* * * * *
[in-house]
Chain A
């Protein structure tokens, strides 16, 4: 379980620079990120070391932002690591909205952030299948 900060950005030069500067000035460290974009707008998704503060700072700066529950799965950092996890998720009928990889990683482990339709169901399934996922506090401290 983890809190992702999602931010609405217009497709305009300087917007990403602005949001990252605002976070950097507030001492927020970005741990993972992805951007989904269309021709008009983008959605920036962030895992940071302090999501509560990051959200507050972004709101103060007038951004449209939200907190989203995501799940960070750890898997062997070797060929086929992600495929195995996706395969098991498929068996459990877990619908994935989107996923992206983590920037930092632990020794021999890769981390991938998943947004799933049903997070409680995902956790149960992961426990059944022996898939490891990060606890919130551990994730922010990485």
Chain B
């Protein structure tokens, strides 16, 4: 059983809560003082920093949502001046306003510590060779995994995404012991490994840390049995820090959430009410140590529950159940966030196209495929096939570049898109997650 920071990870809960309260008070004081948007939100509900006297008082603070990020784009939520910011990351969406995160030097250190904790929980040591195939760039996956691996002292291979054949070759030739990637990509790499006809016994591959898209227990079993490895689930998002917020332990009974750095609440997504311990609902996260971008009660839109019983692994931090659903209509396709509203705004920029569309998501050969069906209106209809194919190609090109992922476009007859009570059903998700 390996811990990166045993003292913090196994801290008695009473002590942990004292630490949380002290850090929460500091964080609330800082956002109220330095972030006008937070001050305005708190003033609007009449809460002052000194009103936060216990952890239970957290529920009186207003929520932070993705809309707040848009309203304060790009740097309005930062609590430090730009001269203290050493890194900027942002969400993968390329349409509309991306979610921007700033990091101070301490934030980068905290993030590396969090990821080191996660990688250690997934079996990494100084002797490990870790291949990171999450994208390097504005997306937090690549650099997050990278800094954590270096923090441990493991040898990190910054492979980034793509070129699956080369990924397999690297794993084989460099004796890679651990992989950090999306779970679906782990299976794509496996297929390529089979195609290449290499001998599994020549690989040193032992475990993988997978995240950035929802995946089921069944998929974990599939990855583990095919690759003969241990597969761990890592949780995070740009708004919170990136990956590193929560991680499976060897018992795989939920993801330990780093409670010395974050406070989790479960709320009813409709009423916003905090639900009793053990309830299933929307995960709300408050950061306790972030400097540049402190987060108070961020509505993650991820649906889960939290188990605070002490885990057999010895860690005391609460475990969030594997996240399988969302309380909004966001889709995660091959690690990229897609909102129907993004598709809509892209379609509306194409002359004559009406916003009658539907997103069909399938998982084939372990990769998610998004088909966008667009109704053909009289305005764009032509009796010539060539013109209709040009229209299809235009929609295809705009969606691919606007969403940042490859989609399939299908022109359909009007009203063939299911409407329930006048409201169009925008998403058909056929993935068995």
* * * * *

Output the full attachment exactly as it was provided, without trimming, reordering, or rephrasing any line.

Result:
[in-house]
Chain A
């Protein structure tokens, strides 16, 4: 379980620079990120070391932002690591909205952030299948 900060950005030069500067000035460290974009707008998704503060700072700066529950799965950092996890998720009928990889990683482990339709169901399934996922506090401290 983890809190992702999602931010609405217009497709305009300087917007990403602005949001990252605002976070950097507030001492927020970005741990993972992805951007989904269309021709008009983008959605920036962030895992940071302090999501509560990051959200507050972004709101103060007038951004449209939200907190989203995501799940960070750890898997062997070797060929086929992600495929195995996706395969098991498929068996459990877990619908994935989107996923992206983590920037930092632990020794021999890769981390991938998943947004799933049903997070409680995902956790149960992961426990059944022996898939490891990060606890919130551990994730922010990485």
Chain B
């Protein structure tokens, strides 16, 4: 059983809560003082920093949502001046306003510590060779995994995404012991490994840390049995820090959430009410140590529950159940966030196209495929096939570049898109997650 920071990870809960309260008070004081948007939100509900006297008082603070990020784009939520910011990351969406995160030097250190904790929980040591195939760039996956691996002292291979054949070759030739990637990509790499006809016994591959898209227990079993490895689930998002917020332990009974750095609440997504311990609902996260971008009660839109019983692994931090659903209509396709509203705004920029569309998501050969069906209106209809194919190609090109992922476009007859009570059903998700 390996811990990166045993003292913090196994801290008695009473002590942990004292630490949380002290850090929460500091964080609330800082956002109220330095972030006008937070001050305005708190003033609007009449809460002052000194009103936060216990952890239970957290529920009186207003929520932070993705809309707040848009309203304060790009740097309005930062609590430090730009001269203290050493890194900027942002969400993968390329349409509309991306979610921007700033990091101070301490934030980068905290993030590396969090990821080191996660990688250690997934079996990494100084002797490990870790291949990171999450994208390097504005997306937090690549650099997050990278800094954590270096923090441990493991040898990190910054492979980034793509070129699956080369990924397999690297794993084989460099004796890679651990992989950090999306779970679906782990299976794509496996297929390529089979195609290449290499001998599994020549690989040193032992475990993988997978995240950035929802995946089921069944998929974990599939990855583990095919690759003969241990597969761990890592949780995070740009708004919170990136990956590193929560991680499976060897018992795989939920993801330990780093409670010395974050406070989790479960709320009813409709009423916003905090639900009793053990309830299933929307995960709300408050950061306790972030400097540049402190987060108070961020509505993650991820649906889960939290188990605070002490885990057999010895860690005391609460475990969030594997996240399988969302309380909004966001889709995660091959690690990229897609909102129907993004598709809509892209379609509306194409002359004559009406916003009658539907997103069909399938998982084939372990990769998610998004088909966008667009109704053909009289305005764009032509009796010539060539013109209709040009229209299809235009929609295809705009969606691919606007969403940042490859989609399939299908022109359909009007009203063939299911409407329930006048409201169009925008998403058909056929993935068995």